Questions & Answers

Introduction about quantum dots in nanotechnology
Praveena Reply
what does nano mean?
Anassong Reply
nano basically means 10^(-9). nanometer is a unit to measure length.
Bharti
do you think it's worthwhile in the long term to study the effects and possibilities of nanotechnology on viral treatment?
Damian Reply
absolutely yes
Daniel
how to know photocatalytic properties of tio2 nanoparticles...what to do now
Akash Reply
it is a goid question and i want to know the answer as well
Maciej
characteristics of micro business
Abigail
for teaching engĺish at school how nano technology help us
Anassong
Do somebody tell me a best nano engineering book for beginners?
s. Reply
there is no specific books for beginners but there is book called principle of nanotechnology
NANO
what is fullerene does it is used to make bukky balls
Devang Reply
are you nano engineer ?
s.
fullerene is a bucky ball aka Carbon 60 molecule. It was name by the architect Fuller. He design the geodesic dome. it resembles a soccer ball.
Tarell
what is the actual application of fullerenes nowadays?
Damian
That is a great question Damian. best way to answer that question is to Google it. there are hundreds of applications for buck minister fullerenes, from medical to aerospace. you can also find plenty of research papers that will give you great detail on the potential applications of fullerenes.
Tarell
what is the Synthesis, properties,and applications of carbon nano chemistry
Abhijith Reply
Mostly, they use nano carbon for electronics and for materials to be strengthened.
Virgil
is Bucky paper clear?
CYNTHIA
carbon nanotubes has various application in fuel cells membrane, current research on cancer drug,and in electronics MEMS and NEMS etc
NANO
so some one know about replacing silicon atom with phosphorous in semiconductors device?
s. Reply
Yeah, it is a pain to say the least. You basically have to heat the substarte up to around 1000 degrees celcius then pass phosphene gas over top of it, which is explosive and toxic by the way, under very low pressure.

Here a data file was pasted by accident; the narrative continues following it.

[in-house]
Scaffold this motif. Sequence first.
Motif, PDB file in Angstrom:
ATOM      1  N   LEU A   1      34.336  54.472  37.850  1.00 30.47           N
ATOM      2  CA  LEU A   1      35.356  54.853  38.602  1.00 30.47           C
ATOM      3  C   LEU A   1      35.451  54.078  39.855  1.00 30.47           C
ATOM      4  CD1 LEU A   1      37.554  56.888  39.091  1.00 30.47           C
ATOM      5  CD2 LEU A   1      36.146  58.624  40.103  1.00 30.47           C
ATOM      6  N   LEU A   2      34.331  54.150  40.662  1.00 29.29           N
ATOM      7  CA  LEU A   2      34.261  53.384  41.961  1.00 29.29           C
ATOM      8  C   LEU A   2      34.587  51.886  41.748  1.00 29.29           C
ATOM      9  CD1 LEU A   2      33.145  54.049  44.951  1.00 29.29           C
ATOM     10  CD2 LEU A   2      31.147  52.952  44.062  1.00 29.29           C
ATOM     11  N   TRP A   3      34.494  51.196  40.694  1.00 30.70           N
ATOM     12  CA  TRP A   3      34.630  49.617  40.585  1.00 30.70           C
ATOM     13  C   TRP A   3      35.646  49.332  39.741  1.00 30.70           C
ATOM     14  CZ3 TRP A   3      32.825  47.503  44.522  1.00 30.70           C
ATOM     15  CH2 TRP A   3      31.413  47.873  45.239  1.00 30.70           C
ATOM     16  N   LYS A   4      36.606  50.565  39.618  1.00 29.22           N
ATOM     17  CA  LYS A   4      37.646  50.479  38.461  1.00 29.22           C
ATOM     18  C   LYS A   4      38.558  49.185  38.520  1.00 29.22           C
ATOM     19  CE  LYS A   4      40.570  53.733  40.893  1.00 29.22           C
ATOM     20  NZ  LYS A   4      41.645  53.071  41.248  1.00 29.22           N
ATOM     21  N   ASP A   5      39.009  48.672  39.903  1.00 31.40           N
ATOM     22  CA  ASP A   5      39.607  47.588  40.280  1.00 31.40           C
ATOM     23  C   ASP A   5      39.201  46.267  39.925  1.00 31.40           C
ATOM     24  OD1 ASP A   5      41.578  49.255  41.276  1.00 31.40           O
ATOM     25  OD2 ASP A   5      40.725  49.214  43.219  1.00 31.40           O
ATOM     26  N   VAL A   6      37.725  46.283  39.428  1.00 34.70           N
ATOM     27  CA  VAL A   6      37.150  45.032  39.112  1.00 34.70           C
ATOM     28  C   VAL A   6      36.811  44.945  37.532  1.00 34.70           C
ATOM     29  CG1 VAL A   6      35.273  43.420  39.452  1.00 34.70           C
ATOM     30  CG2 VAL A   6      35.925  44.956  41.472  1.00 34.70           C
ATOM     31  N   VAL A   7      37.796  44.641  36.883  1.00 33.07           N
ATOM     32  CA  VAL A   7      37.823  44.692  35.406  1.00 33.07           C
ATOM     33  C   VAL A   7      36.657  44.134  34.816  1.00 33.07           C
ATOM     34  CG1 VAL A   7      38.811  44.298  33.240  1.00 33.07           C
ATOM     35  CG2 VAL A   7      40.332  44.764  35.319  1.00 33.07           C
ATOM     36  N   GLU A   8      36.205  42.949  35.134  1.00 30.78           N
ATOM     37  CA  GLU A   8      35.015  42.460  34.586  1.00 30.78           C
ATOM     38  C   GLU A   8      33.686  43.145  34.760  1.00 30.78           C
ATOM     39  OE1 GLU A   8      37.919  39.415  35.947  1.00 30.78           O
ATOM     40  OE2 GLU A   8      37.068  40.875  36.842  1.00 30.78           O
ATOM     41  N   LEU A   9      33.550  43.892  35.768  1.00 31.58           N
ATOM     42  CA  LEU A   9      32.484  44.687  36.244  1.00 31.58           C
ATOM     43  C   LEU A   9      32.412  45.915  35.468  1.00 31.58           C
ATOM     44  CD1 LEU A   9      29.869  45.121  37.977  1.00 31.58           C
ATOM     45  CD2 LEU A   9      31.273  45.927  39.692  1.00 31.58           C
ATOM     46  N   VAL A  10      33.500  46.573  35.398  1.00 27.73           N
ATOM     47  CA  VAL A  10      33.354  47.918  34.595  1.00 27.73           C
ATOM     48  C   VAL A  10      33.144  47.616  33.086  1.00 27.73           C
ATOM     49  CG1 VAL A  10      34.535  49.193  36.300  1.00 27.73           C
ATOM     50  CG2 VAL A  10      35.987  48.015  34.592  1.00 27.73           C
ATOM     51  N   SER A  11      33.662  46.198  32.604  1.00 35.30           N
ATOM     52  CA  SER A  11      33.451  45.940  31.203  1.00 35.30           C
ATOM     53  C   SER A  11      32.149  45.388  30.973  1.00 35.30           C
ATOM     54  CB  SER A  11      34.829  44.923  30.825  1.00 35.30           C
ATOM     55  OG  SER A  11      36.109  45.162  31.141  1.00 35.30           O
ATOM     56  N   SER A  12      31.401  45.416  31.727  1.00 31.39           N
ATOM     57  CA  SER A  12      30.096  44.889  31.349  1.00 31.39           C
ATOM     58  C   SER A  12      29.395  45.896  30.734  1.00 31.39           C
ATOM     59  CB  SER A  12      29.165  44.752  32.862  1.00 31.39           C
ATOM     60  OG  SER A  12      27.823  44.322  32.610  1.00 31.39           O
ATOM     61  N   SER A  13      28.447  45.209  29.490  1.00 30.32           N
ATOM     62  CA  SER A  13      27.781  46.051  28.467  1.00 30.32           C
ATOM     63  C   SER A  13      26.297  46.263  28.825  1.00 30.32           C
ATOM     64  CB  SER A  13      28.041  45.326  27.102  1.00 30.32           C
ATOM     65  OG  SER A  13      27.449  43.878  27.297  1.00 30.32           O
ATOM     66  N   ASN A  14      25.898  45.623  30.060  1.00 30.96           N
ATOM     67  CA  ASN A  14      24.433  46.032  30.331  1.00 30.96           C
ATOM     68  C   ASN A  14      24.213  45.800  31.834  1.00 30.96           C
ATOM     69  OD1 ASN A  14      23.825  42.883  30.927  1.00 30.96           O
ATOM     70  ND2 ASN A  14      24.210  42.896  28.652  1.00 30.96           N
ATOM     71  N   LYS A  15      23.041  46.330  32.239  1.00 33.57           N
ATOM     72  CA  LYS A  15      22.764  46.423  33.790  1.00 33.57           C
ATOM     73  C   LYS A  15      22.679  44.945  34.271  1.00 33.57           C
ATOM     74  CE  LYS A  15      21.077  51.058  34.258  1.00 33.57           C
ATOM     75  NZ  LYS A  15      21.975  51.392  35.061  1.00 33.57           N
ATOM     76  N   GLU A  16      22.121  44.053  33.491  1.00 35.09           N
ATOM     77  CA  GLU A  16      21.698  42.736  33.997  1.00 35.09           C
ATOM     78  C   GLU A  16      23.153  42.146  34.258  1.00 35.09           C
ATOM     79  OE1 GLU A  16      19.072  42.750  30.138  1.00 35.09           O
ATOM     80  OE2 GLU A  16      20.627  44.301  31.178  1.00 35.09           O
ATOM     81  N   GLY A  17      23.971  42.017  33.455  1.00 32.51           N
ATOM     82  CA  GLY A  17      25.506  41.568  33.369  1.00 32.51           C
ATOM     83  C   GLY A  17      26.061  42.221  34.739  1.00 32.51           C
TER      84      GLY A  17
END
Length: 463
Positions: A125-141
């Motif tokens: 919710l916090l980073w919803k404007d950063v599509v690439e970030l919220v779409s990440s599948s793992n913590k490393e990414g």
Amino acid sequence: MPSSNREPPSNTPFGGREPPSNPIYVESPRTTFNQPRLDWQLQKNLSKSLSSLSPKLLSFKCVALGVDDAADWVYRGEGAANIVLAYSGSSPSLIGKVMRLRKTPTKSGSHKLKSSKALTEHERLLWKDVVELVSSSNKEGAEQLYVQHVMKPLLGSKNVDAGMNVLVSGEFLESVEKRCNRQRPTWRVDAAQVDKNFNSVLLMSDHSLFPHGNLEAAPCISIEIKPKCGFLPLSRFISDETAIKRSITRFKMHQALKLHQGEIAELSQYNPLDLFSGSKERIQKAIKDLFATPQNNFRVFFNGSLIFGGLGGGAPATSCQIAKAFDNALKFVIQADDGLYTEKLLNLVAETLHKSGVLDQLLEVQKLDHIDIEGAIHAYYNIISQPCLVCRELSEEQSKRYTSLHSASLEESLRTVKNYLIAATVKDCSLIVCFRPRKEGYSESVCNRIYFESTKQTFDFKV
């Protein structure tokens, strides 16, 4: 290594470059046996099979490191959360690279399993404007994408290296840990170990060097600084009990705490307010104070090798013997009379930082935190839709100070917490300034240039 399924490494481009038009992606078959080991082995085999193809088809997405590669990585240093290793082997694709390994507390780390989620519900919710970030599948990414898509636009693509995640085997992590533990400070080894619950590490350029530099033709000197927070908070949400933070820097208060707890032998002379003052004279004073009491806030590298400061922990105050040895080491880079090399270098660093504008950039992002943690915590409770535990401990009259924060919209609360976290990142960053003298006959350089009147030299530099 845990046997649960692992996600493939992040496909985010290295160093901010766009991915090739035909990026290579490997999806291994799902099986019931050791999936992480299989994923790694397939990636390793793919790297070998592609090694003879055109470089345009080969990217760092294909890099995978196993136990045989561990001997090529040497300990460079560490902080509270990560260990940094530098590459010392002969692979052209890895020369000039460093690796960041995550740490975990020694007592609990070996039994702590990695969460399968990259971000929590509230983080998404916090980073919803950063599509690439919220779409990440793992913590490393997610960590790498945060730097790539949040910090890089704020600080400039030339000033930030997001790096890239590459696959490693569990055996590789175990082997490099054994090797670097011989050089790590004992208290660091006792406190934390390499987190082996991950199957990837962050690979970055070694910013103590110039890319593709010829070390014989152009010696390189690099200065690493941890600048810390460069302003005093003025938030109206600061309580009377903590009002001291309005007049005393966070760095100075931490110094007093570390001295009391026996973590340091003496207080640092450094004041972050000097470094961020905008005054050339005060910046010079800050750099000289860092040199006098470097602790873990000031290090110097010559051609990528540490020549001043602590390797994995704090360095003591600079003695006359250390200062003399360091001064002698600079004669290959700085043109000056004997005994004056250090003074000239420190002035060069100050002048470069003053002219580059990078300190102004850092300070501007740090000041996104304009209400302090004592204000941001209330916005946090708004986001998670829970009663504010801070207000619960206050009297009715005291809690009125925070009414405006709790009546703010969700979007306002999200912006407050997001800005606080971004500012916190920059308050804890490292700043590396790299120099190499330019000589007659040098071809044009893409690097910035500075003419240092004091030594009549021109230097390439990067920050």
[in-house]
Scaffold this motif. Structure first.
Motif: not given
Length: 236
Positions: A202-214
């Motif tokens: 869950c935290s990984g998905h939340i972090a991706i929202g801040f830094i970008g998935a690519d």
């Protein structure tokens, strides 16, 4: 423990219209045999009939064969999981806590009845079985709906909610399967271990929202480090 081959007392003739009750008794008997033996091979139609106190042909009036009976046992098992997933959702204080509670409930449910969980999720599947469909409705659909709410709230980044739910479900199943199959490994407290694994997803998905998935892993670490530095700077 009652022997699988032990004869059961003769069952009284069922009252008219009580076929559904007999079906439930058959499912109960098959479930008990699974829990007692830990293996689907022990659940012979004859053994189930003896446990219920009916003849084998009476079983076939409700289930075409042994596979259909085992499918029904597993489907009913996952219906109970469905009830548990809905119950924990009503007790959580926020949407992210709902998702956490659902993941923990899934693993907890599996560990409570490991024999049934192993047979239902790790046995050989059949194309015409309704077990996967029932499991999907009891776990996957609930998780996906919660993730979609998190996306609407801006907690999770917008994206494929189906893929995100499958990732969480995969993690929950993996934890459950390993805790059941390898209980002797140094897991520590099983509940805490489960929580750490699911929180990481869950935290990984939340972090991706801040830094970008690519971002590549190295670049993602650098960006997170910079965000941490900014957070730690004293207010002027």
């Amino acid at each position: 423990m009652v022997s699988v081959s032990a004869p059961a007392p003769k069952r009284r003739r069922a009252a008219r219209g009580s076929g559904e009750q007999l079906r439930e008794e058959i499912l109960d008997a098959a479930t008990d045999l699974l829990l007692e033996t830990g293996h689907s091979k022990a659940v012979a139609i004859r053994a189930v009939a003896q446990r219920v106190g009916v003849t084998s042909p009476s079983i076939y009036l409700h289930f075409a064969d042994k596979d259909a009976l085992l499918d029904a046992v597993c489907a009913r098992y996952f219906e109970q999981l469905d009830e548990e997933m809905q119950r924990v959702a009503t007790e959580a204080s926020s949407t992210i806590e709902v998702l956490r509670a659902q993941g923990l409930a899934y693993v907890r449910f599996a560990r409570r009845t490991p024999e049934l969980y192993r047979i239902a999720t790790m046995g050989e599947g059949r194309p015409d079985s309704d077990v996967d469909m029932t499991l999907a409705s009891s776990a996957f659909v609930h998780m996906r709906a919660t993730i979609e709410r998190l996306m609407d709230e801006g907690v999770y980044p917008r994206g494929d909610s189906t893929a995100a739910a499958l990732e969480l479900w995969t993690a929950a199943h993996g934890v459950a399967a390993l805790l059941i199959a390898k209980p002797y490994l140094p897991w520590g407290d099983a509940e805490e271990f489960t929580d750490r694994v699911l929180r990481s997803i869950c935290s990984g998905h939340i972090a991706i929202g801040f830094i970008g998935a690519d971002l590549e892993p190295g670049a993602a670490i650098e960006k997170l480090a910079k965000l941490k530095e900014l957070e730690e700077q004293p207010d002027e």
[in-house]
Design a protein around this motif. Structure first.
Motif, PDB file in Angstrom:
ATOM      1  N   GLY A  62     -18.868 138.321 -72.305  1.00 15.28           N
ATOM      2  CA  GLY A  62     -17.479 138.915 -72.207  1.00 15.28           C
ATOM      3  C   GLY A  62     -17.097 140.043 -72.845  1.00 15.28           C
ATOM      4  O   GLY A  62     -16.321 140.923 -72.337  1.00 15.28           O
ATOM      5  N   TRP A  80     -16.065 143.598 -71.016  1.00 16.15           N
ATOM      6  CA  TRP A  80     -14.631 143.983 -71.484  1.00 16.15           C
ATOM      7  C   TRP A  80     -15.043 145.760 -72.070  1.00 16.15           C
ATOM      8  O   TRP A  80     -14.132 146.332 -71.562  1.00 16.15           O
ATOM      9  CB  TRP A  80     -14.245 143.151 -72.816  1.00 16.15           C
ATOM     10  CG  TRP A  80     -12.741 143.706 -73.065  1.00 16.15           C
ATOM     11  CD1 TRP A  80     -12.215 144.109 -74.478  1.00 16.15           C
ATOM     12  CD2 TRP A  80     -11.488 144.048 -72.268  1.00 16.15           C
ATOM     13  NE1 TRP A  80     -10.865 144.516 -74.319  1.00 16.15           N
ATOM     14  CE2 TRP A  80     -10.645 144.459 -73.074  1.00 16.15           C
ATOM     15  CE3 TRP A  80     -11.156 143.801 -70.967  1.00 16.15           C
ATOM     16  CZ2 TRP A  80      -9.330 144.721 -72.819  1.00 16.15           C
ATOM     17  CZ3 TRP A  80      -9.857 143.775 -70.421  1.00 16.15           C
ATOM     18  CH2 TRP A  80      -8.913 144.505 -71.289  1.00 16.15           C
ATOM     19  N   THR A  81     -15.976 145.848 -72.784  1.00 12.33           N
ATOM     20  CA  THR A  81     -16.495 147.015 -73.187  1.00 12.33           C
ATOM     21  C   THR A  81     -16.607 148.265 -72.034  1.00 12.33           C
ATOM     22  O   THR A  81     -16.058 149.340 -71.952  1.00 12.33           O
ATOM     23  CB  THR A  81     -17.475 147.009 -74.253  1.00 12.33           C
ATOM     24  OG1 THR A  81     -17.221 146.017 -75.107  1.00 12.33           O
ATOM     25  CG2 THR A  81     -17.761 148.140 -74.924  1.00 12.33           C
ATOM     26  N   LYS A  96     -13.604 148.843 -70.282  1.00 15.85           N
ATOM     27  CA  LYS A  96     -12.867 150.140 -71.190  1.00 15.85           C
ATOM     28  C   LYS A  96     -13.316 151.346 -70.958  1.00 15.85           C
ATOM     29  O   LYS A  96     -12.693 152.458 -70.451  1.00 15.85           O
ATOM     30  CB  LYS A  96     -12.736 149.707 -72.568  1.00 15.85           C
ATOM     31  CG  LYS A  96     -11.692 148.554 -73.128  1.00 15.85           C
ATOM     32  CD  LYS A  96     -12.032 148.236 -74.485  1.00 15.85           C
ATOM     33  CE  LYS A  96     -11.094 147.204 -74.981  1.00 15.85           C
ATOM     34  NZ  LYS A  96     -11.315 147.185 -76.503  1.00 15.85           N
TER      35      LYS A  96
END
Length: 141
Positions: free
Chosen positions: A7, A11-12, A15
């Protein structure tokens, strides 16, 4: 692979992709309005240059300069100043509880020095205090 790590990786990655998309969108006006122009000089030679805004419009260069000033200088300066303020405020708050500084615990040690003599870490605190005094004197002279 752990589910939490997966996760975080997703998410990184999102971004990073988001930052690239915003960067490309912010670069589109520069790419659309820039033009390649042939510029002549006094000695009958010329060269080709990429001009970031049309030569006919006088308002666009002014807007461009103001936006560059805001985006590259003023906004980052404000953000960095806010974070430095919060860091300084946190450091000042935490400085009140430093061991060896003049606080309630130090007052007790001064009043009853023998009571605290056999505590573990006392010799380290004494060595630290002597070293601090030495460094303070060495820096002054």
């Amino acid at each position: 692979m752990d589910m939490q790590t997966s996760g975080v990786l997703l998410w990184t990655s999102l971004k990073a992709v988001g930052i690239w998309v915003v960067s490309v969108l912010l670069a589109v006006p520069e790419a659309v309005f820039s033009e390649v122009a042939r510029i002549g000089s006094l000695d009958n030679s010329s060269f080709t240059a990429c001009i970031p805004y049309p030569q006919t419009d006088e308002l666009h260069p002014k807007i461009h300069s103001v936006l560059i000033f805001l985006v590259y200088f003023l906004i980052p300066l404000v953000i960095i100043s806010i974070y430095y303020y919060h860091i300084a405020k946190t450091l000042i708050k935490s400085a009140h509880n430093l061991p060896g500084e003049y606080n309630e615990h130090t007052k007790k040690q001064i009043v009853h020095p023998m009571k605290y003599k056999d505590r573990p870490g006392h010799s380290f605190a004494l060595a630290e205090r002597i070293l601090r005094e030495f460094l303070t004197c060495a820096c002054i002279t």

Harper
Do you know which machine is used to that process?
s.
how to fabricate graphene ink ?
SUYASH Reply
for screen printed electrodes ?
SUYASH
What is lattice structure?
s. Reply
of graphene you mean?
Ebrahim
or in general
Ebrahim
in general
s.
Graphene has a hexagonal structure
tahir
On having this app for quite a bit time, Haven't realised there's a chat room in it.
Cied
what is biological synthesis of nanoparticles
Sanket Reply
what's the easiest and fastest way to the synthesize AgNP?
Damian Reply
China
Cied
types of nano material
abeetha Reply
I start with an easy one. carbon nanotubes woven into a long filament like a string
Porter
many many of nanotubes
Porter
what is the k.e before it land
Yasmin
what is the function of carbon nanotubes?
Cesar
I'm interested in nanotube
Uday
what is nanomaterials​ and their applications of sensors.
Ramkumar Reply
what is nano technology
Sravani Reply
what is system testing?
AMJAD
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Source:  OpenStax, Gen chem lab. OpenStax CNX. Oct 12, 2009 Download for free at http://cnx.org/content/col10452/1.51